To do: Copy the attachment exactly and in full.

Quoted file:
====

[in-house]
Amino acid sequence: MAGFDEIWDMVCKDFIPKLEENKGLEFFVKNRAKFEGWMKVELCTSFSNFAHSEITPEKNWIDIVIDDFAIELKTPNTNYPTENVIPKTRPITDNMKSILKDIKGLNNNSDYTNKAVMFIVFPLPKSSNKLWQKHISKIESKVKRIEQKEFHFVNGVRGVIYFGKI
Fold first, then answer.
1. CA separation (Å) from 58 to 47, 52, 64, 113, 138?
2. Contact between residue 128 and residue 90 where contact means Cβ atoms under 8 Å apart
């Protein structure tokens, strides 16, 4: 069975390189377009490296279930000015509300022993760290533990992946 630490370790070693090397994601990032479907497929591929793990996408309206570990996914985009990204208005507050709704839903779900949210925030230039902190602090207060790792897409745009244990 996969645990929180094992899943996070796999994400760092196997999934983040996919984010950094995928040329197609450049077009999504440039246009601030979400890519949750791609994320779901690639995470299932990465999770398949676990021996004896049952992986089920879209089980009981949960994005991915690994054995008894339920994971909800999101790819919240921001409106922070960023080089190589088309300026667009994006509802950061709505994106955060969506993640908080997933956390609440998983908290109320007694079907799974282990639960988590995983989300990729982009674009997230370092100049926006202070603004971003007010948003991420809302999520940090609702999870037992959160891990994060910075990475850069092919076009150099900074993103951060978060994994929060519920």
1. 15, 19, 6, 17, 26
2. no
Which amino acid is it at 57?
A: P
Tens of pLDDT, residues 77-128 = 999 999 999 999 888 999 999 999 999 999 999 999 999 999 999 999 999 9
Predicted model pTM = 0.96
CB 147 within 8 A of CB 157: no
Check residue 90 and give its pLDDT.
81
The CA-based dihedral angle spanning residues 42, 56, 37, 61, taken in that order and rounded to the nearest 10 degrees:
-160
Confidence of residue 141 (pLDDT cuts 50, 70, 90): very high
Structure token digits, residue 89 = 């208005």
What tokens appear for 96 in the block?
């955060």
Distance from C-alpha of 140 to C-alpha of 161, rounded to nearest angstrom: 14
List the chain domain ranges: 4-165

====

[in-house]
Amino acid sequence: MAGFDEIWDMVCKDFIPKLEENKGLEFFVKNRAKFEGWMKVELCTSFSNFAHSEITPEKNWIDIVIDDFAIELKTPNTNYPTENVIPKTRPITDNMKSILKDIKGLNNNSDYTNKAVMFIVFPLPKSSNKLWQKHISKIESKVKRIEQKEFHFVNGVRGVIYFGKI
Fold first, then answer.
1. CA separation (Å) from 58 to 47, 52, 64, 113, 138?
2. Contact between residue 128 and residue 90 where contact means Cβ atoms under 8 Å apart
């Protein structure tokens, strides 16, 4: 069975390189377009490296279930000015509300022993760290533990992946 630490370790070693090397994601990032479907497929591929793990996408309206570990996914985009990204208005507050709704839903779900949210925030230039902190602090207060790792897409745009244990 996969645990929180094992899943996070796999994400760092196997999934983040996919984010950094995928040329197609450049077009999504440039246009601030979400890519949750791609994320779901690639995470299932990465999770398949676990021996004896049952992986089920879209089980009981949960994005991915690994054995008894339920994971909800999101790819919240921001409106922070960023080089190589088309300026667009994006509802950061709505994106955060969506993640908080997933956390609440998983908290109320007694079907799974282990639960988590995983989300990729982009674009997230370092100049926006202070603004971003007010948003991420809302999520940090609702999870037992959160891990994060910075990475850069092919076009150099900074993103951060978060994994929060519920």
1. 15, 19, 6, 17, 26
2. no
Which amino acid is it at 57?
A: P
Tens of pLDDT, residues 77-128 = 999 999 999 999 888 999 999 999 999 999 999 999 999 999 999 999 999 9
Predicted model pTM = 0.96
CB 147 within 8 A of CB 157: no
Check residue 90 and give its pLDDT.
81
The CA-based dihedral angle spanning residues 42, 56, 37, 61, taken in that order and rounded to the nearest 10 degrees:
-160
Confidence of residue 141 (pLDDT cuts 50, 70, 90): very high
Structure token digits, residue 89 = 């208005």
What tokens appear for 96 in the block?
């955060």
Distance from C-alpha of 140 to C-alpha of 161, rounded to nearest angstrom: 14
List the chain domain ranges: 4-165